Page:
After another ten minutes or so the gym was filled to capacity. “Geezus.” Bill remarked to his sons, “Even the old guys are here, I recognize Ruben there from the council meetings, he is like, eighty years old!”
At this point a man in a crisp uniform stepped up and called everyone to attention, “Everyone please quiet down, my name is Lieutenant Colonel Wayne Ericson, I am in charge of this presentation tonight. First let me do the talking, after that there will be a chance to ask questions. In general everyone has heard about the troubles of the past week, and I am not going to be able to ease your minds about what is going on. It is easiest just to show you footage.” Earl gestured to another soldier who pressed a button on the computer attached to a projector on the gym floor. The video started simply enough with the governor of Iowa standing with a background of the capital behind him. The image was a little blurry and the before hitting the play button the soldier moved to adjust the projector to bring it into focus against the screen hanging down from the rafters.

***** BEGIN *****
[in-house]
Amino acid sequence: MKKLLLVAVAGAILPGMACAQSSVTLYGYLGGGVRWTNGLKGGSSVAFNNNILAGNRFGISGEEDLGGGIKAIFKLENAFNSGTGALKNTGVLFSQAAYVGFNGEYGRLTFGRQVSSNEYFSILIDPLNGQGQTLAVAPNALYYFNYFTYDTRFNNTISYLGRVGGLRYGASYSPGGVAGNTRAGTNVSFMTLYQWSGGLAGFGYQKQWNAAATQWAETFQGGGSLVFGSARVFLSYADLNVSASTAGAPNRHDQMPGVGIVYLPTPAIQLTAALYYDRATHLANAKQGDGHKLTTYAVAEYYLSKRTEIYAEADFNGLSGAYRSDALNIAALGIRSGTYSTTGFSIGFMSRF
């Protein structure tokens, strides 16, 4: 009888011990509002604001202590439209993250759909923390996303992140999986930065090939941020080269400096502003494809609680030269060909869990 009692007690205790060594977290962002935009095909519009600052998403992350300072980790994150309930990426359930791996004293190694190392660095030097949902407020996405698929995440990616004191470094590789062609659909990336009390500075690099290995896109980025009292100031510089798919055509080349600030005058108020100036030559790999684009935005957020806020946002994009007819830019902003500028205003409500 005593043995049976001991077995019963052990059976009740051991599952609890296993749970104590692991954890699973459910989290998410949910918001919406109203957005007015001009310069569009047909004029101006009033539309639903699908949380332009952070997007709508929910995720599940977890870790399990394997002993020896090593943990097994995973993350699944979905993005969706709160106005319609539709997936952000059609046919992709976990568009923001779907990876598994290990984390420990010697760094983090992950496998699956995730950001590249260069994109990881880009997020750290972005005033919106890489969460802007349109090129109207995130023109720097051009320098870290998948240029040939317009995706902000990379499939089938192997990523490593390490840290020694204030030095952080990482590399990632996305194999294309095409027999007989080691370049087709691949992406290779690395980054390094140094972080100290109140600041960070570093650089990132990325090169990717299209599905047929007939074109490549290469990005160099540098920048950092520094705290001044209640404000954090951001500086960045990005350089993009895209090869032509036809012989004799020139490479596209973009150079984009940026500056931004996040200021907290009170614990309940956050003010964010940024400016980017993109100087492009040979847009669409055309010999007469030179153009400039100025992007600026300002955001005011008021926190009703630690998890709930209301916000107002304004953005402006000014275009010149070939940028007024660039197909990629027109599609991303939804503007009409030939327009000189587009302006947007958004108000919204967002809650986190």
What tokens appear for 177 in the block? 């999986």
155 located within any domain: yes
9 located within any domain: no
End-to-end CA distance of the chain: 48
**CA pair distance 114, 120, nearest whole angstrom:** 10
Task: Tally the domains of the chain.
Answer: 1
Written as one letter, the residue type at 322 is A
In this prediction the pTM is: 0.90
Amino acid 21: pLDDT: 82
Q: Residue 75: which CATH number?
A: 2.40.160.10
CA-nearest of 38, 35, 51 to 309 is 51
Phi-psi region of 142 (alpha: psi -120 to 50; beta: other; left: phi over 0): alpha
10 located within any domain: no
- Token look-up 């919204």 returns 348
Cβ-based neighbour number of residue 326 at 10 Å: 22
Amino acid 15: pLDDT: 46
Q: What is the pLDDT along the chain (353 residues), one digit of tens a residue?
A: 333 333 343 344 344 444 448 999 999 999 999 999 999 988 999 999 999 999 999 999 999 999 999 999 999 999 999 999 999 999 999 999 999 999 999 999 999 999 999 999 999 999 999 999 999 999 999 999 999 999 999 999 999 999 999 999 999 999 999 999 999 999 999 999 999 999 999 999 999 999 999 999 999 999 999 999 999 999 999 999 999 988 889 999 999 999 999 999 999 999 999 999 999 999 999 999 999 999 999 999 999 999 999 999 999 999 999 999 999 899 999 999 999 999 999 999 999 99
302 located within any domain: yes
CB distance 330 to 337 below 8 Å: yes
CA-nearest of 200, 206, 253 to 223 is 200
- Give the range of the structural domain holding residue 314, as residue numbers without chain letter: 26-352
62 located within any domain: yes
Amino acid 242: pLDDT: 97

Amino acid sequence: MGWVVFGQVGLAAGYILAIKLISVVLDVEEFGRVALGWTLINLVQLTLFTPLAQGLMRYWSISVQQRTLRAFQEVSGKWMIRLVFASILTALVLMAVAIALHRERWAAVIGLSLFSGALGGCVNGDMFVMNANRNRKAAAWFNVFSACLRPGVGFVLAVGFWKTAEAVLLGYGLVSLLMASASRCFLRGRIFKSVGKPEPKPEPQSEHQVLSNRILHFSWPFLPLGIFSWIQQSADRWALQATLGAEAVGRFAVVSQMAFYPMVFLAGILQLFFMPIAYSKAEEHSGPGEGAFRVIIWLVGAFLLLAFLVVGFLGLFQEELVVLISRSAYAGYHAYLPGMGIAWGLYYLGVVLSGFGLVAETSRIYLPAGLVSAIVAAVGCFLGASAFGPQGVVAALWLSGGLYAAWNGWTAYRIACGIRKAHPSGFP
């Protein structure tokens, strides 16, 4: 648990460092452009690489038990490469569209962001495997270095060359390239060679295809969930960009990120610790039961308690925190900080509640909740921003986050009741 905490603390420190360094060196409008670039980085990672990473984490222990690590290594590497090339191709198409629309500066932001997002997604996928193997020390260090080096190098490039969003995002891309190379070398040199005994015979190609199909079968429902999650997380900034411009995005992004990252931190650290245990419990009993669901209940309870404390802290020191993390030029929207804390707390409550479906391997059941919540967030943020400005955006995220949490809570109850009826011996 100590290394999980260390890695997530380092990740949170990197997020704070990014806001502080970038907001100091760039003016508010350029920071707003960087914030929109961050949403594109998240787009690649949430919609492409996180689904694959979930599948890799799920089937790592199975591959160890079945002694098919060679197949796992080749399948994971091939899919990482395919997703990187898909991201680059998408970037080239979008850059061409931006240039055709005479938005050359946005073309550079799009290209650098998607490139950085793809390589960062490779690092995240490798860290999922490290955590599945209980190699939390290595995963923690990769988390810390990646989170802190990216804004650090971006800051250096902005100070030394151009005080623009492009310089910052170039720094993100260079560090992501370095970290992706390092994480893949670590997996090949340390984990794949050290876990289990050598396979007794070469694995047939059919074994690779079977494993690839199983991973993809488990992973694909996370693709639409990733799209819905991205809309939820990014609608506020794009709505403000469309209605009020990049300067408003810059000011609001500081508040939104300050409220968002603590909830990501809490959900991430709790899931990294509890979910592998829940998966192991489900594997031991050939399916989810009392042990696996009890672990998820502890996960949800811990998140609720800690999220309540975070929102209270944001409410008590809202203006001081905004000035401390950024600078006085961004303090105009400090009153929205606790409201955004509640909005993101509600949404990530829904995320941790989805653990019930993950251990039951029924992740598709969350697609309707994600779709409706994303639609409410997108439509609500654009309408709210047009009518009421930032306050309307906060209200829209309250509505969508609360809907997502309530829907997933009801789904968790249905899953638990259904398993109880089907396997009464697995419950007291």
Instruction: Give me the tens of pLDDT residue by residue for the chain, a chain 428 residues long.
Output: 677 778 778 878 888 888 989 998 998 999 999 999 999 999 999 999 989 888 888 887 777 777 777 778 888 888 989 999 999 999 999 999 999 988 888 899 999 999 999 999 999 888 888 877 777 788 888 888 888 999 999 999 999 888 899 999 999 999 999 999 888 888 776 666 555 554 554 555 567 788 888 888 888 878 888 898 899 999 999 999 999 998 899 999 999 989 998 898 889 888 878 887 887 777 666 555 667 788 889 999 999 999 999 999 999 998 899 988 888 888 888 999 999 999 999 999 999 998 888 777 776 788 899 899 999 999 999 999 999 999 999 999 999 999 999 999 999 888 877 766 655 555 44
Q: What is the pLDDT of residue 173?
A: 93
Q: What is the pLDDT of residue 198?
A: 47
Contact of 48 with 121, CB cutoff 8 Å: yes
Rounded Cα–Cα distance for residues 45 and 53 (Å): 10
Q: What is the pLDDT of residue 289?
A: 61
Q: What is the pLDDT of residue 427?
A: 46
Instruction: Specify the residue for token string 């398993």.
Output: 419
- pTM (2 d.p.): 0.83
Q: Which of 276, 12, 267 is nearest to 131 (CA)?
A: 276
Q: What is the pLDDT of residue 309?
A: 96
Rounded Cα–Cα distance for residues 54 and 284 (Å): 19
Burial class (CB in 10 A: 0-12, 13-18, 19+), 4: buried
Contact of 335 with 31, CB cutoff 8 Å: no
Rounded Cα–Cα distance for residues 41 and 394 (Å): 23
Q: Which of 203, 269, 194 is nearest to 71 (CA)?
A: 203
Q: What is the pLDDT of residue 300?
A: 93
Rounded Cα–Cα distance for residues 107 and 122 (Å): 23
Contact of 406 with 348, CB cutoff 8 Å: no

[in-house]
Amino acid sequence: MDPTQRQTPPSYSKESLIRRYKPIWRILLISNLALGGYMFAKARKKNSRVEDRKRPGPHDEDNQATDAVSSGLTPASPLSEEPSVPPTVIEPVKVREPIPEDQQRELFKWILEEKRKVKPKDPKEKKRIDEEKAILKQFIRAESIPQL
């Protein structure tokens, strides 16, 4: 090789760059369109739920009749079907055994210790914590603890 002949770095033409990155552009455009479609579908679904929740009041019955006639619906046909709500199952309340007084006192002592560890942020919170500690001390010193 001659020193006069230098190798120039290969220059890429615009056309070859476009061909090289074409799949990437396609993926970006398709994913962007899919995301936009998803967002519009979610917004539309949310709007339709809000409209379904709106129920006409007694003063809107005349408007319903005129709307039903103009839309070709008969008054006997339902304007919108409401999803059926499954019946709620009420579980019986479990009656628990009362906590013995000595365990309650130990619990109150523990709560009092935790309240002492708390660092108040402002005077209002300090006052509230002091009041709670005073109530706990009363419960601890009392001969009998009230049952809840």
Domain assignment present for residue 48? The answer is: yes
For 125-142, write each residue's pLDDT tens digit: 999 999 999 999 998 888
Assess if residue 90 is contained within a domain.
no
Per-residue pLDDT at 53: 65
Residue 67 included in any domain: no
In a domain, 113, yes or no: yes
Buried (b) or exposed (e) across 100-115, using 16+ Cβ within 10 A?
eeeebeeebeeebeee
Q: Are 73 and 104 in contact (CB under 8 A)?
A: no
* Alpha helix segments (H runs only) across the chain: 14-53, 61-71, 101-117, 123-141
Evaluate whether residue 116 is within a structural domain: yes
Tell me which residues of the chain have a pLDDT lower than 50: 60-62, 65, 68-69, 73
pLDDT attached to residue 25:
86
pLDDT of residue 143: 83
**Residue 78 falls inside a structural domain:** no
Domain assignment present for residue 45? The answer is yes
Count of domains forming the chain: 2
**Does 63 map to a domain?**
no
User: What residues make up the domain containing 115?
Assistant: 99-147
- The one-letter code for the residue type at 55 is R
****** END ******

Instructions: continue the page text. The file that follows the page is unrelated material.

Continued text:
“Good evening citizens. It is with much concern that I am reporting to you tonight about the greatest threat humanity has ever faced. The so-called 'zombies' that have caused this disturbance are on their way to Iowa and right now we need every able bodied man to help fight them. Proof of the destruction they have caused is here in this presentation and I have to warn you the footage we have is incredibly graphic. The presenters will be discussing the options of what we need from you after this film.” The video went on to display horrors from both coasts and the devastation from Denver soon after a nuclear bomb was detonated. Bill wished that his boys, even his John, who was almost an adult did not have to see such things as they viewed on this film. Several men and boys had to be led out of the room, many of them retching before they made it outside. When the film ended ten minutes later, there was no further comment from the governor, the filmed faded to black. Bill thought that if he were feeling normal he might have cried, but the graphic violence and the fact that it was not a movie, but real people being slaughtered and eaten on the film just left him in a state of shock, he could see his feeling echoed on the faces of the men and boys around him.